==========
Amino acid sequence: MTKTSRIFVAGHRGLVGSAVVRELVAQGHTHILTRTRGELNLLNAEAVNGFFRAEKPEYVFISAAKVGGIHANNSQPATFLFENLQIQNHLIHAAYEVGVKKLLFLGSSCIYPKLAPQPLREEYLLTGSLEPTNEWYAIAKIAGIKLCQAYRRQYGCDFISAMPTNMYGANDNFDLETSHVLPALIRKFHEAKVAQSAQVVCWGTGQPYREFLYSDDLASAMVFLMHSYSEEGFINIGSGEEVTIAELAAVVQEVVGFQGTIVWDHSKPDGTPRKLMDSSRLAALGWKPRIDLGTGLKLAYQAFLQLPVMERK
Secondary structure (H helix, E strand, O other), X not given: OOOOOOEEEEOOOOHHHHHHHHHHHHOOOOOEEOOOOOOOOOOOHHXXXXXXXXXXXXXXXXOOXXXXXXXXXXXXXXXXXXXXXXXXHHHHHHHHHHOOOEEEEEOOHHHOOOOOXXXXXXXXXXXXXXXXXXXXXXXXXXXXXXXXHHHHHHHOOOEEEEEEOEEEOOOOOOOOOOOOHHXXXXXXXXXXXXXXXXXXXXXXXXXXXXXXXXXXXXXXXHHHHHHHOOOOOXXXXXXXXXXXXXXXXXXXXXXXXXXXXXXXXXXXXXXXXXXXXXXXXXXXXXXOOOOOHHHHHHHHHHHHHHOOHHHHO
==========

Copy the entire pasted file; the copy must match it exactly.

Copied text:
Amino acid sequence: MTKTSRIFVAGHRGLVGSAVVRELVAQGHTHILTRTRGELNLLNAEAVNGFFRAEKPEYVFISAAKVGGIHANNSQPATFLFENLQIQNHLIHAAYEVGVKKLLFLGSSCIYPKLAPQPLREEYLLTGSLEPTNEWYAIAKIAGIKLCQAYRRQYGCDFISAMPTNMYGANDNFDLETSHVLPALIRKFHEAKVAQSAQVVCWGTGQPYREFLYSDDLASAMVFLMHSYSEEGFINIGSGEEVTIAELAAVVQEVVGFQGTIVWDHSKPDGTPRKLMDSSRLAALGWKPRIDLGTGLKLAYQAFLQLPVMERK
Secondary structure (H helix, E strand, O other), X not given: OOOOOOEEEEOOOOHHHHHHHHHHHHOOOOOEEOOOOOOOOOOOHHXXXXXXXXXXXXXXXXOOXXXXXXXXXXXXXXXXXXXXXXXXHHHHHHHHHHOOOEEEEEOOHHHOOOOOXXXXXXXXXXXXXXXXXXXXXXXXXXXXXXXXHHHHHHHOOOEEEEEEOEEEOOOOOOOOOOOOHHXXXXXXXXXXXXXXXXXXXXXXXXXXXXXXXXXXXXXXXHHHHHHHOOOOOXXXXXXXXXXXXXXXXXXXXXXXXXXXXXXXXXXXXXXXXXXXXXXXXXXXXXXOOOOOHHHHHHHHHHHHHHOOHHHHO